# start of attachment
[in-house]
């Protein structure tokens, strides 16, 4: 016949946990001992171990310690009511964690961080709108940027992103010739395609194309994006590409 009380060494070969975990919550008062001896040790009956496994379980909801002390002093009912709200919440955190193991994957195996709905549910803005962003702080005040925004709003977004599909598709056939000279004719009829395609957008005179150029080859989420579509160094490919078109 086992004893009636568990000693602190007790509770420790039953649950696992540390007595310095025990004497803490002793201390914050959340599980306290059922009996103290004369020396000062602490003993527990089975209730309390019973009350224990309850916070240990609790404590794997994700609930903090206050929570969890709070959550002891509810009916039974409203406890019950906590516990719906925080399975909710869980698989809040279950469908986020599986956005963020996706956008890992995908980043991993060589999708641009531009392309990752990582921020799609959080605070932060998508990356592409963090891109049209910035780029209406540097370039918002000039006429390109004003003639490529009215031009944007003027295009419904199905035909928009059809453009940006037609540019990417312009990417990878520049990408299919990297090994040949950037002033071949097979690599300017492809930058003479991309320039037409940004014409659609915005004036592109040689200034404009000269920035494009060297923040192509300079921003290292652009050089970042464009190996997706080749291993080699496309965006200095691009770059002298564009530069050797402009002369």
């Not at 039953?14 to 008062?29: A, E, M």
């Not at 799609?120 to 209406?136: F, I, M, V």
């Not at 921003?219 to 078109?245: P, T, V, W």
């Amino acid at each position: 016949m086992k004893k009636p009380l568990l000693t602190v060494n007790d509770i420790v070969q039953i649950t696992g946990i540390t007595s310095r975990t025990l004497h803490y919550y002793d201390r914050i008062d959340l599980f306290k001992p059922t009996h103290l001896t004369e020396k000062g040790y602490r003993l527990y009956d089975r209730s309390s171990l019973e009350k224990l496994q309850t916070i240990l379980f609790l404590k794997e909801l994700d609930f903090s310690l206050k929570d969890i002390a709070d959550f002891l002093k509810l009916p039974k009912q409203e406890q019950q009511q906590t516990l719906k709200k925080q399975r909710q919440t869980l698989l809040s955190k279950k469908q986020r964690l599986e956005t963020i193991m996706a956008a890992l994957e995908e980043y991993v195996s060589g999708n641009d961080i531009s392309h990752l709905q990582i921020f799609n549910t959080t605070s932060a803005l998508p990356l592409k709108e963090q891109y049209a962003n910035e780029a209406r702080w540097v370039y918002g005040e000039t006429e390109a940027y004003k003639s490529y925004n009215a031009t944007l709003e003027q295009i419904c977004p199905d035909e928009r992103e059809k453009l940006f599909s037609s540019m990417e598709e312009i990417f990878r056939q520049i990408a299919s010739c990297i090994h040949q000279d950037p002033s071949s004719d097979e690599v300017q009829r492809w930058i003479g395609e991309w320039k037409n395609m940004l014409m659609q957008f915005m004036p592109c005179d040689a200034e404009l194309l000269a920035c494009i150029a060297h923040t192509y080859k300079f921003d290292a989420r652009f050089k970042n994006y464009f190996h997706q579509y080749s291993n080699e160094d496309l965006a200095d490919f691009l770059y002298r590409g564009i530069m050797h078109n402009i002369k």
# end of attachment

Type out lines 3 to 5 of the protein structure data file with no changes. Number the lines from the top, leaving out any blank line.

């Not at 039953?14 to 008062?29: A, E, M």
């Not at 799609?120 to 209406?136: F, I, M, V």
């Not at 921003?219 to 078109?245: P, T, V, W």